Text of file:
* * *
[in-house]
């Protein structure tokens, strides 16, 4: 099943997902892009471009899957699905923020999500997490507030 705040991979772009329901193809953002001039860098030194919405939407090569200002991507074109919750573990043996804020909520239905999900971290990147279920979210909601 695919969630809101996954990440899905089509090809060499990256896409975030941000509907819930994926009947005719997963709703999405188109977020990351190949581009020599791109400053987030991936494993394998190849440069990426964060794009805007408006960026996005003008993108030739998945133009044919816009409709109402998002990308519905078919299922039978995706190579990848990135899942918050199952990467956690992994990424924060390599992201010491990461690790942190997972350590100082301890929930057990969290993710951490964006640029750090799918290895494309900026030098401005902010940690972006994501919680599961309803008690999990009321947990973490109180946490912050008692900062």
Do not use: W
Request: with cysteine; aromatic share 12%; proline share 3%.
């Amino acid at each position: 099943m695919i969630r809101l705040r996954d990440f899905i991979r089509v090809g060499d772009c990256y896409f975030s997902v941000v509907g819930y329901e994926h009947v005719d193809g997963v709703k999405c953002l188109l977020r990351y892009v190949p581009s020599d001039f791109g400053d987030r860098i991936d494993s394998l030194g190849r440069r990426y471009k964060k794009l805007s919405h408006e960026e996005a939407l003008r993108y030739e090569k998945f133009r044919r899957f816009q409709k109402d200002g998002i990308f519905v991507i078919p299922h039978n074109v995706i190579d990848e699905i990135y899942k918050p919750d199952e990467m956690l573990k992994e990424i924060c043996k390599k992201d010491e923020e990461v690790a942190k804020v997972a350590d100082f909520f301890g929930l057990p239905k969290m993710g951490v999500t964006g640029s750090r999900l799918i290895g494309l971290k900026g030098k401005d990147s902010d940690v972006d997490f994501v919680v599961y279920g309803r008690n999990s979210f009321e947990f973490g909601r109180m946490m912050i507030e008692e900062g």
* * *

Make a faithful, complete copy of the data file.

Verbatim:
[in-house]
């Protein structure tokens, strides 16, 4: 099943997902892009471009899957699905923020999500997490507030 705040991979772009329901193809953002001039860098030194919405939407090569200002991507074109919750573990043996804020909520239905999900971290990147279920979210909601 695919969630809101996954990440899905089509090809060499990256896409975030941000509907819930994926009947005719997963709703999405188109977020990351190949581009020599791109400053987030991936494993394998190849440069990426964060794009805007408006960026996005003008993108030739998945133009044919816009409709109402998002990308519905078919299922039978995706190579990848990135899942918050199952990467956690992994990424924060390599992201010491990461690790942190997972350590100082301890929930057990969290993710951490964006640029750090799918290895494309900026030098401005902010940690972006994501919680599961309803008690999990009321947990973490109180946490912050008692900062």
Do not use: W
Request: with cysteine; aromatic share 12%; proline share 3%.
């Amino acid at each position: 099943m695919i969630r809101l705040r996954d990440f899905i991979r089509v090809g060499d772009c990256y896409f975030s997902v941000v509907g819930y329901e994926h009947v005719d193809g997963v709703k999405c953002l188109l977020r990351y892009v190949p581009s020599d001039f791109g400053d987030r860098i991936d494993s394998l030194g190849r440069r990426y471009k964060k794009l805007s919405h408006e960026e996005a939407l003008r993108y030739e090569k998945f133009r044919r899957f816009q409709k109402d200002g998002i990308f519905v991507i078919p299922h039978n074109v995706i190579d990848e699905i990135y899942k918050p919750d199952e990467m956690l573990k992994e990424i924060c043996k390599k992201d010491e923020e990461v690790a942190k804020v997972a350590d100082f909520f301890g929930l057990p239905k969290m993710g951490v999500t964006g640029s750090r999900l799918i290895g494309l971290k900026g030098k401005d990147s902010d940690v972006d997490f994501v919680v599961y279920g309803r008690n999990s979210f009321e947990f973490g909601r109180m946490m912050i507030e008692e900062g």